Even though many people won’t consider visiting Grand Canyon in January (it’s the cold, right?), it can be a valuable experience. Seeing the snow falling down to the bottom of the Canyon? Being able to take pictures without photobombers? No need to worry about dehydration or heatstroke? All of those sound inviting, right? So, we have come up with a list of reasons why you, in fact, should visit Grand Canyon in winter!
Less Crowds in Winter
This is probably one of the best reasons we can think of. Less crowds! Less people! And there’s snow!
Remember this is a National Park that gets 5+ million visitors a year. When do you think most of them are visiting?
Summer is the busiest time at the South Rim. The number of people is hopping in spring and fall but not like summer, and winter is peaceful and quiet in comparison. You should also consider the temperature in the Canyon. While the South Rim may be quite chilly (but not always), once you’re down into the Canyon the temperatures will moderate and much of the time be perfect for hiking. Lastly, accommodations and permits are much easier to obtain, and even last-minute reservations at Phantom Ranch are commonly available.
Watch the Winter Sunset at the Canyon
You can watch the sunset at Mather Point. This is the most popular sunset spot simply because it’s close to the visitor center and parking lots – but it also has a great view!
Other popular sunset spots include Hopi Point and Yavapai Point.
Whatever you do, just make sure you stick around for a little while after the sun officially dips below the horizon. This is when the winter sky is often painted pretty shades of pink and purple.
Weather in January
The average high at the South Rim in January is 44 degrees Fahrenheit, and the average low is 18 degrees Fahrenheit (high of 6.6 degrees Celsius, low -7.7 degrees Celsius.) However, these temperatures are much warmer inside the Canyon (by 10-20 degrees, but feels even warmer in the sun.) Average days of rain/snow in January is 5.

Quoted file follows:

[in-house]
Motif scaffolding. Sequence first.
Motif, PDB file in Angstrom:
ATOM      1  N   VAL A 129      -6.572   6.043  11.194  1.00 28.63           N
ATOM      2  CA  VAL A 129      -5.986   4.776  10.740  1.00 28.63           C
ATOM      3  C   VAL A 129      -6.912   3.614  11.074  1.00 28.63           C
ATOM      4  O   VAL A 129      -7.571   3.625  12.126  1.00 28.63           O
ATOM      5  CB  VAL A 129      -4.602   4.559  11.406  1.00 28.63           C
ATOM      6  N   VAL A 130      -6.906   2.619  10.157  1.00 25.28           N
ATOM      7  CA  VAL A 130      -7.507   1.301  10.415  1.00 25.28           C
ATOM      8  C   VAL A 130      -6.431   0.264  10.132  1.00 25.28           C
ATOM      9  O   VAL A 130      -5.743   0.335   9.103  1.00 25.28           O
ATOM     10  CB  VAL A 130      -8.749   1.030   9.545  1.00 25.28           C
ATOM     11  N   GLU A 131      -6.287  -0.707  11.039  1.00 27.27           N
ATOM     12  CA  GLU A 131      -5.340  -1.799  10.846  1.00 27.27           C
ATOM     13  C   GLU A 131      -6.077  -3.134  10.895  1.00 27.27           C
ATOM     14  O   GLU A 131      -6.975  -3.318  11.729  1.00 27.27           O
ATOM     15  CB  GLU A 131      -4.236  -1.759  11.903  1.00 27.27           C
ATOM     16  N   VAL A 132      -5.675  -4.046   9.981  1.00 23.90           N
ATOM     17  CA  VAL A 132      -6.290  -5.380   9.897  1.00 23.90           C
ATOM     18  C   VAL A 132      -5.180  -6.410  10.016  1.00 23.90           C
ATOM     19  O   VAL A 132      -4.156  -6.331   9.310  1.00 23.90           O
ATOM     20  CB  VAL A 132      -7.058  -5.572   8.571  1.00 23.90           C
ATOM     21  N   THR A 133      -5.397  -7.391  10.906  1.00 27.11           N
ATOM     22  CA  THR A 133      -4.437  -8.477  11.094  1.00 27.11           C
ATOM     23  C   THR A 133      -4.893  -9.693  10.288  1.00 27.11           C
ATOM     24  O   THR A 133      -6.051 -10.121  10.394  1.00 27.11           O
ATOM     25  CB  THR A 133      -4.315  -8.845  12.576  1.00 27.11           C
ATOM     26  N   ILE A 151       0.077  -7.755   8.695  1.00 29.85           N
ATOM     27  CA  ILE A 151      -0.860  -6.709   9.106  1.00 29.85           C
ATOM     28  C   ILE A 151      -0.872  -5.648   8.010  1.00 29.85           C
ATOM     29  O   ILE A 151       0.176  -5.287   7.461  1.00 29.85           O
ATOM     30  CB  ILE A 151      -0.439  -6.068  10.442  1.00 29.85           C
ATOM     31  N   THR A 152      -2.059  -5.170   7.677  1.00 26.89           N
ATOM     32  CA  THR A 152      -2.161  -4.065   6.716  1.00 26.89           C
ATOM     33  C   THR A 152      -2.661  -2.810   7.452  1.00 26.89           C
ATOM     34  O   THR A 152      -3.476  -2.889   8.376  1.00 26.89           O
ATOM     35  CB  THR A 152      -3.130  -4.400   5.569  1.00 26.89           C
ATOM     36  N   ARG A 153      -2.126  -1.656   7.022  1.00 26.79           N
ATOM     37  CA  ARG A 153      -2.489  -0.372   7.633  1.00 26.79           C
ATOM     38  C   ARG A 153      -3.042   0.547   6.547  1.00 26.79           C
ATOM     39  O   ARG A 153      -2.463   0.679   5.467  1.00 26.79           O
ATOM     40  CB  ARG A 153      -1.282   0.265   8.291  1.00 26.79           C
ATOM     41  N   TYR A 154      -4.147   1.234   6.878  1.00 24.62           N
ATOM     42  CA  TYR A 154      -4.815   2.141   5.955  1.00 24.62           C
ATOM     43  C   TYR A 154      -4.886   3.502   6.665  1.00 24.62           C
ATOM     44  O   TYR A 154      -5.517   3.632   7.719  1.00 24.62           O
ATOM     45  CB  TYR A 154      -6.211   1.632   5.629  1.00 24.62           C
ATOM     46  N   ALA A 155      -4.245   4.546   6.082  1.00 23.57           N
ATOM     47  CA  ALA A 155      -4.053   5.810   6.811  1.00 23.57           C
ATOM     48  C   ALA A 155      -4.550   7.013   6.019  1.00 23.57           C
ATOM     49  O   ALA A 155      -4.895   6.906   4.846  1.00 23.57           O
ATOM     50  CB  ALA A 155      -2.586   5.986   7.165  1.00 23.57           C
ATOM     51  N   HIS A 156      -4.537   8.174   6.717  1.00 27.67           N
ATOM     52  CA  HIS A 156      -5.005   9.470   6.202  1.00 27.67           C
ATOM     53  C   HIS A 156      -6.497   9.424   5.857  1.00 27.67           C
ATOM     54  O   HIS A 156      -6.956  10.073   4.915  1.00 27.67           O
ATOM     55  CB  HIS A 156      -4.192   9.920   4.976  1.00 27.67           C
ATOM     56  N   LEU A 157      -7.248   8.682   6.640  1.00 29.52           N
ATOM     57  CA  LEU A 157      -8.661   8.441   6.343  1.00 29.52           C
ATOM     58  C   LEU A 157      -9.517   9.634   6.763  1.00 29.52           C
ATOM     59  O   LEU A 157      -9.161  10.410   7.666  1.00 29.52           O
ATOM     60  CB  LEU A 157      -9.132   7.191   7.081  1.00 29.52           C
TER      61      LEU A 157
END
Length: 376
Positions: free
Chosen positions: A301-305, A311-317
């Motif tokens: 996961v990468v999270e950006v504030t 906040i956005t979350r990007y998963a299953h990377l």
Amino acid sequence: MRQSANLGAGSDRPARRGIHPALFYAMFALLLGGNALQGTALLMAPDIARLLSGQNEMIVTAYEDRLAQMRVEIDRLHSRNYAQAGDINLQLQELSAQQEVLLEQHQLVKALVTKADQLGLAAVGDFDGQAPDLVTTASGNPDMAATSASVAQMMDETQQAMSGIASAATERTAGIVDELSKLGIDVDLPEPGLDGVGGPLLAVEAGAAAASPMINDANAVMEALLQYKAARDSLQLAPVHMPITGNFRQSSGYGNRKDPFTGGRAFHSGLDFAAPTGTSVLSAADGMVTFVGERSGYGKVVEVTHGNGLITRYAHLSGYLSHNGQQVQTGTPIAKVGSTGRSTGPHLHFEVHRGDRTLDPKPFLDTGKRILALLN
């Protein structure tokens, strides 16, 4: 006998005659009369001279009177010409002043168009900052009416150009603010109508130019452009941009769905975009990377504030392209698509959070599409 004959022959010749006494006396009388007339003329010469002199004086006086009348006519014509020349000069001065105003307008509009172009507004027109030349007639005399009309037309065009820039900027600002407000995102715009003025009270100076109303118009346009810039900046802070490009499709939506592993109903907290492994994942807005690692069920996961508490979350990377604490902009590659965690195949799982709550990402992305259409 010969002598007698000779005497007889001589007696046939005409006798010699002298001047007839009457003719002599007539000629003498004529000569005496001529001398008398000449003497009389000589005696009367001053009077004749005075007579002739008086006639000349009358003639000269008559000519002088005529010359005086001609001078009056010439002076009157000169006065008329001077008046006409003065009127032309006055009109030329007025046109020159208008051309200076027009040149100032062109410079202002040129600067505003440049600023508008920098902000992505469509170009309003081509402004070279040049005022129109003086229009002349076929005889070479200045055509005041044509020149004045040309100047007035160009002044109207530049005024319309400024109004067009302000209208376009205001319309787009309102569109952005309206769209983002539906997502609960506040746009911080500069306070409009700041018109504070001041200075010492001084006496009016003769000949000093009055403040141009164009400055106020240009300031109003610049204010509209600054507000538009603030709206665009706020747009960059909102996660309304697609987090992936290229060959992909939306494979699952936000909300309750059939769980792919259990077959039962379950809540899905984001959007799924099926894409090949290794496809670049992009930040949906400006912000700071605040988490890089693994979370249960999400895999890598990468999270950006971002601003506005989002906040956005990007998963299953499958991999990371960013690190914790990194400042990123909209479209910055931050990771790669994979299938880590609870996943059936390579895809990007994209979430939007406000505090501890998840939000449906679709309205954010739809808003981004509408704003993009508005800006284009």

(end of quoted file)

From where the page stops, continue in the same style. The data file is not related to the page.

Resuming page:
At Phantom Ranch at the bottom of the Canyon, the average high temperature in January is 58 degrees Fahrenheit, and a low of 38 degrees Fahrenheit (14H/3L degrees celsius.)
Cheaper Accommodations in Winter
A major benefit of the Grand Canyon in winter is that staying actually in the national park was possible and not too expensive. You can even get reservations days before your arrival in several of the lodges right in the park, which will not be possible in the warmer months. Usually, you have to book your stay a year before visiting the Canyon.
Now granted, we booked so late we couldn’t get multiple nights in a row and this meant we had to change lodges a few times. However, it was mind-blowing that we could even get reservations right on the rim at short notice.
This meant no long drives from outside the park, no fears about parking and we were able to simply leave our lodge and explore. Little things like that make for a much more relaxing experience.
What To Do at Grand Canyon in Winter
When the weather is cold and it’s snowing, you might be wondering what you can do at the Canyon. There are plenty of great things to do in the Canyon in January; in fact, most of the activities available any other time of year are yours to choose from. Certainly, a hike on the South Kaibab or Bright Angel Trail is very much worth doing, but be sure to have hiking crampons for the icy trails (it’s not advisable to hike particularly Grandview, New Hance and Tanner Trails in winter unless you’re with a guide company or are experienced.)
Helicopter or airplane tours, van tours, and – if roads are clear – bicycle tours are great activities (read about Grand Canyon’s best tours for links to recommended companies.) Checking out things like the Yavapai Geology Museum and the Kolb Studio is very much worth doing if the outside weather is unagreeable.
Finally, having dinner at famous and historic El Tovar is a must-do activity in Grand Canyon, and reservations will be much easier to get in January than many months.
So, do you feel like visiting the Canyon in January? Then what are you waiting for? Plan and Book Your Trip with Sweetours today!
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sources: angelsgatetours, ytravelblog.comm, wildlandtrekking.com, dangerous-business.com, walkmyworld.com